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SÉ Ř MON XIX. : Benefit of the Sacrament, and Duties ::: :: thereupon.

[From a Discourse of Dr. BARROW's upon the ... Eucharift.] : '. .

EXOD. xii. 24. And ye shall observe this thing, for an òrå

dinance to thee, and to thy fons for ever.

T HESE words were delivered uponi

occasion of the Jewish passover:

Among the many wonderful works of power and kindness, performed by God Almighty in favour of the children of Israel, and in order to their delivery from the Egyptian slavery, there is none more remarkable than this į namely, the Amiting the first-born in every house of the Egyptians, and PASSING OVER the houses


of the children of Israel; wherein God declared his just wrath against their cruel oppreffors; depriving them in a sudden and dreadful manner of what was nearest and dearest to them, and wherein also he dea clared his gracious mercy towards the If raèlites, in preserving what was alike dear to them; from fo woeful a calamity; thus (as it is expressed in the chapter before my text) putting a difference between the Egyptians and the children of Israel.

Now that the memory of so remarkable à mercy might be preserved ; that their affections might be raised to a strong sense of God's goodness; and that their faith might be confirmed within them, so as in the like need to hope for the same favourable help and protection, by the consideration of so remarkable an experiment: It pleased God to appoint a sacrament, or mysterious rite, called the Passover, to be celebrated every year, representing and recalling to minds that act of God, wherein his special kindness was so eminently demonstrated towards his people; as may be seen at large in that chapter of which my text is a part Vol. IV. A a

This This facrament of the pallover (as were also several other rites and sacrifices insti- . tuted by God among that people) was a type and forerunner of that other great de. livery from sin andhell, which God in mercy designed towards mankind, to be atchieved by our Saviour; prefiguring, that as the lamb slain in the passover was to put the people in mind of their deliverance from the Egyptian bondage, so the shedding of the blood of our Saviour (who was that Lamb without spot, which was slain for the fins of the world) should put us in mind of the deliverance of our fouls, from the spi. ritual bondage of fin.

The occasion of celebrating this holy rite of the passover, our Saviour, we find, did improve, to the institution of the sacramint of the Lord's supper; which agrees with it very much in the design of it, as it represents and commemorates the greatest blessing and mercy that we are capable of receiving; and accordingly, some part of that ancient rite or sacrament is still preserved in our facrament of the Lord's supper..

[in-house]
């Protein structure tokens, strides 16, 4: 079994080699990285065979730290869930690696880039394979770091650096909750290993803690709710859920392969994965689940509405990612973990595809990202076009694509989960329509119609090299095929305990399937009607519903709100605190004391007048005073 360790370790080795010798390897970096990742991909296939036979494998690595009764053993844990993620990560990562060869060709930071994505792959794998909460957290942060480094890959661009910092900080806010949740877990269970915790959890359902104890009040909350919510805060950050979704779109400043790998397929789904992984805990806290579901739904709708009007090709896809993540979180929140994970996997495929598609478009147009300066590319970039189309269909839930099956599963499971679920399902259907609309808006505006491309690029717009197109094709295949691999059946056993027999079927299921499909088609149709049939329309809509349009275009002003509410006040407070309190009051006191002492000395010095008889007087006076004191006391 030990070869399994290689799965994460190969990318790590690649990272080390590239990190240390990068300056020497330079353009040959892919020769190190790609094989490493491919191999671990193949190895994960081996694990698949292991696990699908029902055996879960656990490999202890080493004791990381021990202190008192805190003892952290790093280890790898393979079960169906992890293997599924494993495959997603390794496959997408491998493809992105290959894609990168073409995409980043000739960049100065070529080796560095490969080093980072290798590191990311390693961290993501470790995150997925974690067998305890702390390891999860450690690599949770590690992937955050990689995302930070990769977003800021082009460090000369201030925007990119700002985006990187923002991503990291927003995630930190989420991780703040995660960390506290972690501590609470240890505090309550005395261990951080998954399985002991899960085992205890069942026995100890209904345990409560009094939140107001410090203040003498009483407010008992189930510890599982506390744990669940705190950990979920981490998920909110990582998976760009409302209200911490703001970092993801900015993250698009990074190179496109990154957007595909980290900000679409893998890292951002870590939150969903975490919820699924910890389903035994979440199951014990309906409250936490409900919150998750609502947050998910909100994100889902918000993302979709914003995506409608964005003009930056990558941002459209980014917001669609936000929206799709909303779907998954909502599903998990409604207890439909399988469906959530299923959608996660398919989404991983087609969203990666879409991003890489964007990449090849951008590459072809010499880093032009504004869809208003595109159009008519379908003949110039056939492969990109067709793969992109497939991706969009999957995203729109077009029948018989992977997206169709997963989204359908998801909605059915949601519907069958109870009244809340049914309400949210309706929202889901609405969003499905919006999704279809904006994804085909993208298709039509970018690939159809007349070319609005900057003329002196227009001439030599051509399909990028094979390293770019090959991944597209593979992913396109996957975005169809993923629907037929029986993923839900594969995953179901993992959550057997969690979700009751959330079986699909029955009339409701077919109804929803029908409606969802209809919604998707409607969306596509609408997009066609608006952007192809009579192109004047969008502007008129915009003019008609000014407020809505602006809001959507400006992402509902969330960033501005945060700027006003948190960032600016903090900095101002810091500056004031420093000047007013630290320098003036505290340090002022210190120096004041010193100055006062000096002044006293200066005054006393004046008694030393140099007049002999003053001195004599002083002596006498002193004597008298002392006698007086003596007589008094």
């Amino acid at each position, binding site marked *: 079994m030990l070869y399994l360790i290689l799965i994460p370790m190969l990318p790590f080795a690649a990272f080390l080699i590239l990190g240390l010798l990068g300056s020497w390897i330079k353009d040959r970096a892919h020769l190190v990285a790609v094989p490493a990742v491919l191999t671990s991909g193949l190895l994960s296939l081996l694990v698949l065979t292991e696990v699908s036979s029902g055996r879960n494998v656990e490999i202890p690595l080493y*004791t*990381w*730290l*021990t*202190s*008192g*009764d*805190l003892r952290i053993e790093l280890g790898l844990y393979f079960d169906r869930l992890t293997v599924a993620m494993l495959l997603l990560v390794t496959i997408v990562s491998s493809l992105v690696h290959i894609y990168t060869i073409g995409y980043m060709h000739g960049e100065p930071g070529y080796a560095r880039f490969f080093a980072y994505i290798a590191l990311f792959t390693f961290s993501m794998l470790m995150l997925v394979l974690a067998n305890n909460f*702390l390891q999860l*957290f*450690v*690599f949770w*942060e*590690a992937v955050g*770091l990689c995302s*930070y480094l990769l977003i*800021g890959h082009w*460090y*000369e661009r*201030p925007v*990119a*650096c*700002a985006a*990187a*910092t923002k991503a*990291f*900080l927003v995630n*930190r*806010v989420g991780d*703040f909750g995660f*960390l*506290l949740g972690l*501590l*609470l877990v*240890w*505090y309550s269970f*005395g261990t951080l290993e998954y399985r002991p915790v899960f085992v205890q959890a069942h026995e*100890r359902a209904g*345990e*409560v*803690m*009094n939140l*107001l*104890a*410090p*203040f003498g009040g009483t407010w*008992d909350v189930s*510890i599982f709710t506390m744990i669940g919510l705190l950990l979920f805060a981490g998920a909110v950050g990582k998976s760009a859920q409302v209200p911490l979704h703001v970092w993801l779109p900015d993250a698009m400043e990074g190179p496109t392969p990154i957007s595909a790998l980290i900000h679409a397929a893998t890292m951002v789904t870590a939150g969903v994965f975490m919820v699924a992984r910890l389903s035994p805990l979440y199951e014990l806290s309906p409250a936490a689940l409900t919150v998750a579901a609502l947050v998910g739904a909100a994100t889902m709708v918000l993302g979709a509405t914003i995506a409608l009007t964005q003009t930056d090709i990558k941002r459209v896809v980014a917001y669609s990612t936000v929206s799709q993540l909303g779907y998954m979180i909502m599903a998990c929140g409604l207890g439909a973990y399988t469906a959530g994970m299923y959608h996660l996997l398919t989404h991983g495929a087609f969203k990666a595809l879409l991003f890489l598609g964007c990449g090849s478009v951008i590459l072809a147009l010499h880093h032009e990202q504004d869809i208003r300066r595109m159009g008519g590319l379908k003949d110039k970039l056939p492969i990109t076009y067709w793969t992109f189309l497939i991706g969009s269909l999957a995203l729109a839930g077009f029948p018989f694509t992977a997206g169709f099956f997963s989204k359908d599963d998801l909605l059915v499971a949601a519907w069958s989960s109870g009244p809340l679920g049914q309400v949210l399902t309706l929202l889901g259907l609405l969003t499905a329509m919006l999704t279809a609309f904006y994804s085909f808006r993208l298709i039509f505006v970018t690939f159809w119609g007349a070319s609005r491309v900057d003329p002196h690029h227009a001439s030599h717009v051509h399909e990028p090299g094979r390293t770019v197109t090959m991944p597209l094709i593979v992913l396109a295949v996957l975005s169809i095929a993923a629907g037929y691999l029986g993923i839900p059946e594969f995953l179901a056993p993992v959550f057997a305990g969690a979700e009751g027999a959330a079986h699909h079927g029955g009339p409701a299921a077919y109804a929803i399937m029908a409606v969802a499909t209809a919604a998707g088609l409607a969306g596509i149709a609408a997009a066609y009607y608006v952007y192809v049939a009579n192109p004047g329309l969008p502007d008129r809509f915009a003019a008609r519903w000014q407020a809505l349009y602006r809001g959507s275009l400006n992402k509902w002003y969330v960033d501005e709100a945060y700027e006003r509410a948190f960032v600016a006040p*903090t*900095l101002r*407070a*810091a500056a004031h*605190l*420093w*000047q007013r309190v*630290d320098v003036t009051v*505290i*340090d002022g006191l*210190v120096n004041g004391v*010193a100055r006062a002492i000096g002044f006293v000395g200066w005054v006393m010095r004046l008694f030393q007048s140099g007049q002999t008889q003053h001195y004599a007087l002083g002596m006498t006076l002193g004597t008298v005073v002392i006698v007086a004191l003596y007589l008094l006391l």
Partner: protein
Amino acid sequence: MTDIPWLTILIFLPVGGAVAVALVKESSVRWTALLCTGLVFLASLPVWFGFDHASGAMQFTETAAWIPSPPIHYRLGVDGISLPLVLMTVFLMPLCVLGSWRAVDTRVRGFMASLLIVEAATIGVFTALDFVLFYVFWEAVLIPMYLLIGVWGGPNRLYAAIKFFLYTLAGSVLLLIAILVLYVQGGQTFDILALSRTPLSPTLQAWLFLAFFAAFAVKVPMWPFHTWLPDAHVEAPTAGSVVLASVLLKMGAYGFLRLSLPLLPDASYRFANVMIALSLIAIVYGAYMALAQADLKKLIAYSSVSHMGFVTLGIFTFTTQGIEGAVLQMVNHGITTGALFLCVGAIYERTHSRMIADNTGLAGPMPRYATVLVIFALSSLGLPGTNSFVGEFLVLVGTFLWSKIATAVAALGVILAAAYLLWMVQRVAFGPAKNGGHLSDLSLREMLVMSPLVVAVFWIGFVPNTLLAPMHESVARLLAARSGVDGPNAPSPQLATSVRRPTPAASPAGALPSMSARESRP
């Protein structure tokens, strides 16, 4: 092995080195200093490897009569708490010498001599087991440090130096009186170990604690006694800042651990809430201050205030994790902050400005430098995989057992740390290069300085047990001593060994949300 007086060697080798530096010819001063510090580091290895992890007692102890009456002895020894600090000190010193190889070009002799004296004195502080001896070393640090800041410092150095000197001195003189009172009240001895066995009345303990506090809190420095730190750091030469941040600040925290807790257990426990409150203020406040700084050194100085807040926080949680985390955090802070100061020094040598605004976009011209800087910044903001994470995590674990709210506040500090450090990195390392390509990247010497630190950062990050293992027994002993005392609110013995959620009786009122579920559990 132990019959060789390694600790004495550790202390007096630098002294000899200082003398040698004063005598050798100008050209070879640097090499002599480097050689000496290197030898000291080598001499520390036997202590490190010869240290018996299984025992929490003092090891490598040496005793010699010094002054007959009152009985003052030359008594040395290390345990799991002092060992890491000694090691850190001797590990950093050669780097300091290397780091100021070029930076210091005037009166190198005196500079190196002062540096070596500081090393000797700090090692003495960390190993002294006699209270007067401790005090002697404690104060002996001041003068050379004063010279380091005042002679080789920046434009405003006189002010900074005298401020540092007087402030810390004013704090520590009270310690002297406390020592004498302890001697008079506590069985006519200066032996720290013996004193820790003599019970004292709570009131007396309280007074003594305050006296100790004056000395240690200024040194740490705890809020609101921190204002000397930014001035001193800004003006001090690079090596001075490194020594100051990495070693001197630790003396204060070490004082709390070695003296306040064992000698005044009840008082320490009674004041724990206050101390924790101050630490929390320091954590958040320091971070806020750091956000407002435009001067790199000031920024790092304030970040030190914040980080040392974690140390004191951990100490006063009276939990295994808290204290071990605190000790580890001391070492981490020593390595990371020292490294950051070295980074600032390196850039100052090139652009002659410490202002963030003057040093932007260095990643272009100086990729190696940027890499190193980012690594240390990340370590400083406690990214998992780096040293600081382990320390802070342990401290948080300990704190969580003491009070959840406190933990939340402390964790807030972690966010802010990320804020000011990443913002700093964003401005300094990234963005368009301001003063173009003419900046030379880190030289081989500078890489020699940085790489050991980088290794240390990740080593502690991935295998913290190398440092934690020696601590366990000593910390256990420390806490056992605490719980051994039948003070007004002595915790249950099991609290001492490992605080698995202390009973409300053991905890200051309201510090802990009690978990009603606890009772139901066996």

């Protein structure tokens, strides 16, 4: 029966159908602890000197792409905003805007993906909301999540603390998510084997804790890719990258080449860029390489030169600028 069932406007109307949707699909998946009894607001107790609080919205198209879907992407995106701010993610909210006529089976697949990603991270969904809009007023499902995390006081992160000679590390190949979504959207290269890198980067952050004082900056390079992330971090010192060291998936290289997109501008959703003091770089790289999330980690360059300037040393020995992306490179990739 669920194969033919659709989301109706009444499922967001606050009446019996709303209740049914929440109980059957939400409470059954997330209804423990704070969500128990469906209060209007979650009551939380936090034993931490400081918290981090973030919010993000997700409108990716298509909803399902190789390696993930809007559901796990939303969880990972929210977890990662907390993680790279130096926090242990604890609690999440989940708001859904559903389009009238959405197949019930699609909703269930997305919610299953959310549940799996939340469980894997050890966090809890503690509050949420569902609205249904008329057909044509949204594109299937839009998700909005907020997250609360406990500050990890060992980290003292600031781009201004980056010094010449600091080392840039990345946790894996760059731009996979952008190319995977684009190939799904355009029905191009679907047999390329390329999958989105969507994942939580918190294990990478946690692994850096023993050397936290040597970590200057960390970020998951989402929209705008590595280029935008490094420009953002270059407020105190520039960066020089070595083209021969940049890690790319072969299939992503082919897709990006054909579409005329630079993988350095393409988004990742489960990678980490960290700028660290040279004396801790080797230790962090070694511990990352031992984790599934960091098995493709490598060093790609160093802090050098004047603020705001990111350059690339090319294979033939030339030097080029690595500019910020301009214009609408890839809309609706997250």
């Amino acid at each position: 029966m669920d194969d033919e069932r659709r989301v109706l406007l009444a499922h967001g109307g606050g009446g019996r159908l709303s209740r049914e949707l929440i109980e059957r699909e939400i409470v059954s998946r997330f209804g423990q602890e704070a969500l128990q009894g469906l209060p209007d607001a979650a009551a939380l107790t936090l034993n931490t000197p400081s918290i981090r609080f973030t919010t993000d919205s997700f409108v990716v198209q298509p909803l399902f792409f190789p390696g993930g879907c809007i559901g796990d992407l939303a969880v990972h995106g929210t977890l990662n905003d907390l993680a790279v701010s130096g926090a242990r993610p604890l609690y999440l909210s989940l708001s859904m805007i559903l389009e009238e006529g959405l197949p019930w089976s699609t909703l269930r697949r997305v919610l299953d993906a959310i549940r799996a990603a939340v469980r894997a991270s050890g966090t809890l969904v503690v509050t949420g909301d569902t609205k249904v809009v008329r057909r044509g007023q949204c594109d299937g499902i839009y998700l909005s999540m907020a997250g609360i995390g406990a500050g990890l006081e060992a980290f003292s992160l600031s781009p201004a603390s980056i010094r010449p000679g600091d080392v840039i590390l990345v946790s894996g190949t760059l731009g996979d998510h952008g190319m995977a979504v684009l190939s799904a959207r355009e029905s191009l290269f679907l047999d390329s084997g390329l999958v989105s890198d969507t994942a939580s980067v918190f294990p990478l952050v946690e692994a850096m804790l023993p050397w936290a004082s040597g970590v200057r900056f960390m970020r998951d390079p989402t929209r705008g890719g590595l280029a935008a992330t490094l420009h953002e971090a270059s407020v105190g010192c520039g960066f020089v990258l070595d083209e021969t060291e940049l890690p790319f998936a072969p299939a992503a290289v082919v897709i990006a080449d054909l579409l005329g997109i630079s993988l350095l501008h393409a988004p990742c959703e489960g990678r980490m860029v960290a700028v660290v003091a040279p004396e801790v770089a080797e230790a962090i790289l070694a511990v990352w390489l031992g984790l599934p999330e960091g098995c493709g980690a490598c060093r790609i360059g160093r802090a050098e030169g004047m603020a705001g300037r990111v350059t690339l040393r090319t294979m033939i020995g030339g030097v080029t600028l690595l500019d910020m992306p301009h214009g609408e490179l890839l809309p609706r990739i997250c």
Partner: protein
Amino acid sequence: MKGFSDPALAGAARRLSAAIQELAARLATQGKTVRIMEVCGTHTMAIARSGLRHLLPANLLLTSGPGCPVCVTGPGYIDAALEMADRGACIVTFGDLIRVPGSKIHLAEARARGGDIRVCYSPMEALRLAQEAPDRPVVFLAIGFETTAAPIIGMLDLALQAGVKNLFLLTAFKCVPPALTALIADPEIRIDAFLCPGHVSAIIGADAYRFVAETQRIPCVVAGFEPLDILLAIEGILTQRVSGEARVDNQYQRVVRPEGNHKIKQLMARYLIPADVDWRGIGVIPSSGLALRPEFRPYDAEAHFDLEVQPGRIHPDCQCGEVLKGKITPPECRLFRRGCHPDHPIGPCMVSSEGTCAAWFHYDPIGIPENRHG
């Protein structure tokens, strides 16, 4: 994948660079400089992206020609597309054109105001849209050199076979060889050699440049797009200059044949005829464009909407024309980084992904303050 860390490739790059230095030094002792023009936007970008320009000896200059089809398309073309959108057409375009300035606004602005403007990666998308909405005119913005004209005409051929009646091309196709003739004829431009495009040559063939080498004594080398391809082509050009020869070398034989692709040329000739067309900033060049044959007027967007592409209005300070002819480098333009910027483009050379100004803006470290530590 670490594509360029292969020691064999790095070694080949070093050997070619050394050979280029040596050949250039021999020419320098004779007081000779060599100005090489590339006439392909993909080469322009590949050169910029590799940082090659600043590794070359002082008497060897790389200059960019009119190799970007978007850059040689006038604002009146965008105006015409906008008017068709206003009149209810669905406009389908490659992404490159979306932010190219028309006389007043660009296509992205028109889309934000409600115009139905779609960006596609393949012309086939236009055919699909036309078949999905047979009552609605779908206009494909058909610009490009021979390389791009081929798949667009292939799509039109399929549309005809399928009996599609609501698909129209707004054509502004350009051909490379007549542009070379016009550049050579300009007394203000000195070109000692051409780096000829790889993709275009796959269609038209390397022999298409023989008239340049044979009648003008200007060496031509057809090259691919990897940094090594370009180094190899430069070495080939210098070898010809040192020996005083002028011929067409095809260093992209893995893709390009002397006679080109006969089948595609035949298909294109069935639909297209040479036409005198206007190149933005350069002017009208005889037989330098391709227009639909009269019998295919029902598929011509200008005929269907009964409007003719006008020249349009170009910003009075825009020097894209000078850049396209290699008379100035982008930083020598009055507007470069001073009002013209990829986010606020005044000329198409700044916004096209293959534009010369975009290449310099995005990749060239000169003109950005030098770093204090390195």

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This great Christian ordinance is plainly described to us in the four gospels, and in the first epistle of St. Paul to the Corinthians; and is distinguishable into there chief parts:

First, The blessing and confecration (bý prayer and thanksgiving) of bread and wine.

Next, The breaking of bread, and handling of the cup:

Then, The delivery and distribution of them to the persons prefent.

Then, The declaration accompanying that delivery, that those symbolical things and actions did represent our Saviour's body given and broken, our Saviour's blood shed and poured out for us, in establishment of the new covenant:

And lastly, The actual partaking of those symbols, by eating the bread, and drinking the wine, done by all present.

These things we find done at the first inftitution of this holy ceremony; and which our Saviour obliged us to imitate; saying, Do this in remembrance of me.. - Such is the practice itself instituted and enjoined by our Saviour. In discourfing A a 2 a


whereupon I will consider particularly two things :

1. The great importance and use of this • facrament.

II. The duties incumbent upon us in respect thereof. . I. I propose to confider its importance and use.

One thing that shews it, is, its being intended to keep up within us, a perpetual remembrance of what our Saviour bath done and fuffered for us : It is an action very proper to remind us of it, to move us to consider it, and to beget in us affections suitable to the memory and consideration of it. Do this, says our Lord, in remembrance of me; that is, do it fo, as hereby to raise in your hearts a reflection upon those grievous pains which I endure for your fakes, to procure for you a remission of fins, and a reconciliation to God. And St. Paul' says, So often as ye eat this bread, and drink this cup, ye Mhew forth, or ye do

significantly express, the Lord's death till : be come, or, during the time of his absence

from us...


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